Posted by: Amelia | August 2, 2007

A Fine (Pink) Wine

I come from a family that appreciates wine.  They’re not total snobs about it, but they do put thought into their wine selections.  Last month when my dad was visiting, I told him that I – like many here in DC – enjoy drinking rosé in the summer, and he looked a little aghast.  He couldn’t believe a daughter of his would stoop to such oenological nonsense!

But rosés are undeserving of their erstwhile reputations, says the Washingtonian’s wine critic Dave McIntyre:

Rosé got a bad reputation in the 1980s and ’90s from white Zinfandel and “blush” wines that were little more than soda with a kick, an offering for younger drinkers looking to move on from Bud but not yet ready for prime wine. […]

Yet come summer, there may be no better, more companionable wine. Light and refreshing as an aperitif, rosés are also versatile enough to match with summery picnic fare such as olives, fresh cheeses, garlicky dips, and anything with anchovies or shellfish.

Superior technology, such as cold fermentation in stainless-steel vats, has also improved the quality of rosés available, McIntyre says.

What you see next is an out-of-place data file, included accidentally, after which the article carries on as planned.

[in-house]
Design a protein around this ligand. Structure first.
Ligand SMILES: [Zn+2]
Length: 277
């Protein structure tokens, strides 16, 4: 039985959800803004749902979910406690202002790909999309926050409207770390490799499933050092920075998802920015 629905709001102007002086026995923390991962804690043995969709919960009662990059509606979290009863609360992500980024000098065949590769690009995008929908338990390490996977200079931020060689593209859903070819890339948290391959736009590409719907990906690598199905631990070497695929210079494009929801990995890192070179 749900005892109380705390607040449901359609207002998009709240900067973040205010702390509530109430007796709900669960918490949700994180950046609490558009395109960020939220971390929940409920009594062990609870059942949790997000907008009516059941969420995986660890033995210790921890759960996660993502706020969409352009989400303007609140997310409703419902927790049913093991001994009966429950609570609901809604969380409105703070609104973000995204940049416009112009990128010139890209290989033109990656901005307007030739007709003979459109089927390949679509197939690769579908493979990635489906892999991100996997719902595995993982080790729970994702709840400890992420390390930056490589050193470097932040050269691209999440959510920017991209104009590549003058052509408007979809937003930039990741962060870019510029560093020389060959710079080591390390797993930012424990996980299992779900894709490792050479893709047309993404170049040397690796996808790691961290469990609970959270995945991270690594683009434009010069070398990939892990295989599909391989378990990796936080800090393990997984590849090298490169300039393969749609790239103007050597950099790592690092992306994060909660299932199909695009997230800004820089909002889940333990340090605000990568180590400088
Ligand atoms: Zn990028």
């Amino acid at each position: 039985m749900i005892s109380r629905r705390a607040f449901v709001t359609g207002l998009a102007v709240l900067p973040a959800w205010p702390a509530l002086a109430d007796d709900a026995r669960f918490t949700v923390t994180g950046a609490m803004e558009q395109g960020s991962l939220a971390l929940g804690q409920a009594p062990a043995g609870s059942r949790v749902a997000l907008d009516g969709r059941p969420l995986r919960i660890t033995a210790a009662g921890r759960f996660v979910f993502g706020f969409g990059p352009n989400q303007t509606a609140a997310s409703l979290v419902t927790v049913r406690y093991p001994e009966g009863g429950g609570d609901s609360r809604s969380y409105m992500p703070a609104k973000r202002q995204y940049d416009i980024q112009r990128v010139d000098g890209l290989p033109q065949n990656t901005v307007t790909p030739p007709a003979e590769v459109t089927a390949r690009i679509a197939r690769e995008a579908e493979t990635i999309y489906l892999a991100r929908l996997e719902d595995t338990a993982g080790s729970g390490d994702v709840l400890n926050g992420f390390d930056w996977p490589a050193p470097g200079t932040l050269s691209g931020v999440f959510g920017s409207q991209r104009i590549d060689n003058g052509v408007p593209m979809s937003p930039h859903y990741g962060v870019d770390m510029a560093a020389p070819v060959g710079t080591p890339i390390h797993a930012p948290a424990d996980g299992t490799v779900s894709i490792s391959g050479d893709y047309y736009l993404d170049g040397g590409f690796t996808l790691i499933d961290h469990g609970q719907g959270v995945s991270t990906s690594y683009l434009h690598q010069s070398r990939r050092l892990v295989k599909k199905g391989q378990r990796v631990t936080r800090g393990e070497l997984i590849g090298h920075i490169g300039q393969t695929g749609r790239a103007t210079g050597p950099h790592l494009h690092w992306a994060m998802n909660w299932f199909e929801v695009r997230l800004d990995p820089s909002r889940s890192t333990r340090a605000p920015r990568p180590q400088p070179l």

It’s not at all surprising that rosé is a mainstay in DC in the summertime.  Blame the climate.  Today, for instance, the temperature will reach nearly 100 degrees.  Current humidity is around 60%, and will only climb.  A cold, fruity, yet dry rosé is the perfect antidote to living in this (much-beloved) swamp.

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Responses

  1. My father (and my step mom use to) works for a Wine distributor so you’d think I would known a bit about Wines. HA!

    I gained almost everything I know about wines from the 5 months I worked at Oceana in the Virgin Islands. Several of the people there really got into their wines. I’ve got the wine pour down pretty well which is good considering on more than one occasion I was pouring a $300+ bottle!

    I like Pinot Nior, specifically Trinchero. A mid prized smooth red.

  2. I agree that Trinchero wines are a good bet, especially at a restaurant if other labels are unfamiliar.


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